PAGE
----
Family ranch transforms to include a vineyard, production facility, and winery
I met Krystal Patel about a year ago in winery at Pedernales Cellars. We were both on a field trip touring cellars as part of our wine education – mine through Texas Tech University and hers through the Society of Wine Educators. She was planning a vineyard, winery, and production facility, all set to open by the end of this year. But, with supply chain issues, problems in the construction field, and a lack of employees, the planned project just hasn’t fully taken form. So Krystal is learning a lesson in patience and flexibility!
Krystal grew up spending family holidays and weekend getaways at her grandparent’s farm on Highway 290. Albert and Dora Meier owned the 555-acre ranch, now in its fifth generation and continuing into the future with dreams of extending the family history of living off the land. The property is between Stonewall and Hye and has a rich history in the farming community of central Texas. Krystal’s grandfather owned a tractor dealership in Fredericksburg and used his family property for yearly tractor shows.
At the entrance of the property, you’ll find a giant steel ball adjacent to the gate. It is nearly as tall as me (which isn’t very tall at all)! Almost five feet in diameter, the ball was pulled by two bulldozers attached by a large ship anchor chain. Each link of this chain weighed 100 pounds. Albert used the ball as part of his land-clearing business. He would clear the mesquite trees, shrubs, and brush to prepare land for planting peach orchards and hay fields all across the hill country. In fact, Fort Hood Army Base in Killeen was cleared using this ball. Albert drove one dozer and his brother-in-law steered the other, taking the team two years to prepare the land for the base. clear mesquite trees and brush from land to prepare for farming. The ball has been spruced up recently with bright red paint, so you’re sure to
notice it on the south side of the highway at the entrance to Meierstone Vineyards.
Krystal, her husband, and their son live in Austin as they work towards this project to expand her family’s heritage with a working winery on the farm. She has an Master’s degree in Business and worked for ten years in the tech field. Today she serves as Vice-Chair of the non-profit Manos de Cristo while she works hard on this new chapter of her life on the farm. Together with her parents, they are creating Meierstone Vineyards.
Since the construction project is taking longer than anticipated, she has converted one of the existing barns on the property into a temporary tasting room. It was a chilly fall day when we popped in to taste her wines, and the barn was very cozy and comfortable. Tastings are available Thursday through Sunday, and there are four wines to taste from the 2020 vintage. In nice weather, there is ample outdoor seating. And the tasting room is both dog and family-friendly.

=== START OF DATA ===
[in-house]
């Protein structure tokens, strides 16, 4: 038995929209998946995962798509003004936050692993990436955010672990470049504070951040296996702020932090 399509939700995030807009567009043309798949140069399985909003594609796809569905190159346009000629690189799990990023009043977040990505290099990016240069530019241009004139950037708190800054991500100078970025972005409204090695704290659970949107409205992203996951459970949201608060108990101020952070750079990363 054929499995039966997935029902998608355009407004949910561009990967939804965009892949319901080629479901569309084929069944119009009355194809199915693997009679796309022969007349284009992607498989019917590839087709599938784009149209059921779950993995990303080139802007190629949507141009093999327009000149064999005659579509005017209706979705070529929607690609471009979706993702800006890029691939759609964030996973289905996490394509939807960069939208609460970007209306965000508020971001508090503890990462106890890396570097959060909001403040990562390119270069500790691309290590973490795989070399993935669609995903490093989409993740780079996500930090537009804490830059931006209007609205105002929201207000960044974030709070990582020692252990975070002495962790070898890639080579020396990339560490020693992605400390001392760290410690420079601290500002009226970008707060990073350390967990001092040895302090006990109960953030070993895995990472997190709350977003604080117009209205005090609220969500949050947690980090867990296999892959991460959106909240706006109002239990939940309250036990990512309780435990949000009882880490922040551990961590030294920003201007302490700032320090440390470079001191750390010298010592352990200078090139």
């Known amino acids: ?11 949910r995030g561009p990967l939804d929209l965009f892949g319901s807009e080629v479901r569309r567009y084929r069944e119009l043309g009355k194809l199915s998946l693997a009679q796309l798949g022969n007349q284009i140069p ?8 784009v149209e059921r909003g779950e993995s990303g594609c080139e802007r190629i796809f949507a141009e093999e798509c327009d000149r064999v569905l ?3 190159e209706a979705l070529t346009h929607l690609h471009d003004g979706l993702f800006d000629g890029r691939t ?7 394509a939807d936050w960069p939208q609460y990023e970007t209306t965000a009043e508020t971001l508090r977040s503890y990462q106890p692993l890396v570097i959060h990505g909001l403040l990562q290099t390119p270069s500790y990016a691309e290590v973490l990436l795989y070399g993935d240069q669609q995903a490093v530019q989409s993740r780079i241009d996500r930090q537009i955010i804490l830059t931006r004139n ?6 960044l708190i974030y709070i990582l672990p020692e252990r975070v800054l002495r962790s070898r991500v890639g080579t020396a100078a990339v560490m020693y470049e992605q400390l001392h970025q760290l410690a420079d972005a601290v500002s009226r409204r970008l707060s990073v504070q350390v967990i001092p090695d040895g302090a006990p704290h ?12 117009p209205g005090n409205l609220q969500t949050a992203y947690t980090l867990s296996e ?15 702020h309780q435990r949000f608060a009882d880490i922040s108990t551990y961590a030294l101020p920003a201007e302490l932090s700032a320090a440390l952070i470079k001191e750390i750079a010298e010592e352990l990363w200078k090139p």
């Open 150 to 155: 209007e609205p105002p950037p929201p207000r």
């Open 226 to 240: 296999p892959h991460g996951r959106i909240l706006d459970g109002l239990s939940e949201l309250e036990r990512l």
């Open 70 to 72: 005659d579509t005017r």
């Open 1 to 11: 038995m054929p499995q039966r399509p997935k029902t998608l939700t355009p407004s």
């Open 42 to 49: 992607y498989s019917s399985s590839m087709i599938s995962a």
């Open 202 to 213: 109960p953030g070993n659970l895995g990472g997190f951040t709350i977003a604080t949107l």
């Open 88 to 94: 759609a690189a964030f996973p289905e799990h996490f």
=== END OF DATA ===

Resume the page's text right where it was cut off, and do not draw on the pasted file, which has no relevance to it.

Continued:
Krystal is studying wine and winemaking and is lucky to be gaining hands-on experience under the guidance of winemaker Rob Nida. The plans are to build an 11,000-square-foot building just east of the temporary tasting room, which will house the winemaking facility and tasting room. This section of the farm is 15-acres and will include vineyards, although the varieties of grapes are not yet selected.
What I admire about this new project on the Wine Trail is Krystal’s mission for Meierstone Vineyards, “elevating the Texas wine industry, supporting local, and helping the community.” These goals are shining through with the donations from sales proceeds made to local non-profits. For example, ‘Candles for a Cause’ uses reclaimed wine bottles for handmade candles, and proceeds have been donated to the Fredericksburg Food Bank. During the month of December, the charity is K*STAR and in January the donations will be given to The Grace Center. As a wine lover, I can’t think of anything better than supporting a good cause with the wines I buy!
But Krystal isn’t stopping there. She has also launched the Meierstone Ambassador Program as a creative way to spread the word about her project while getting local wine enthusiasts involved. Anyone can apply to be an Ambassador. As a voice for the brand, you will share their story, and, in return, you can be among the first to try new wines, receive discounts, and even free products. These two programs show the winery’s commitment to the community, which is refreshing to see in our ever-growing industry.
The aim is 100% Texas wines, with current bottlings from grapes of the Texas High Plains. Another seven red wines from the 2021 vintage and two from 2022 are all aging gracefully in their barrels. Here are the wines currently on the tasting menu:
- 2021 Trebbiano – Paka Vineyards, 124 cases – typical notes of floral soap, lemongrass, apricot, and lemon with a full mouth feel.
- 2021 Roussanne – Bingham Vineyards, 151 cases – 33% aged in new French oak barrels, notes of peaches, and baking spices with a full palate and smooth tannins.
- 2021 Rosé – Sangiovese with a touch of Trebbiano, Texas High Plains, 169 cases – aged 9 months in neutral French oak, soft strawberry, plum, and cranberry.
- 2018 Reserve Malbec – Newsom Vineyards, 200 cases – aged 46 months in neutral French oak, notes of blackberry and dried roses, velvety tannins, and a smooth finish.
I’m excited to see what comes of this new project on an old farm, and couldn’t be happier for Krystal in her wine journey. Make your reservation for a tasting here.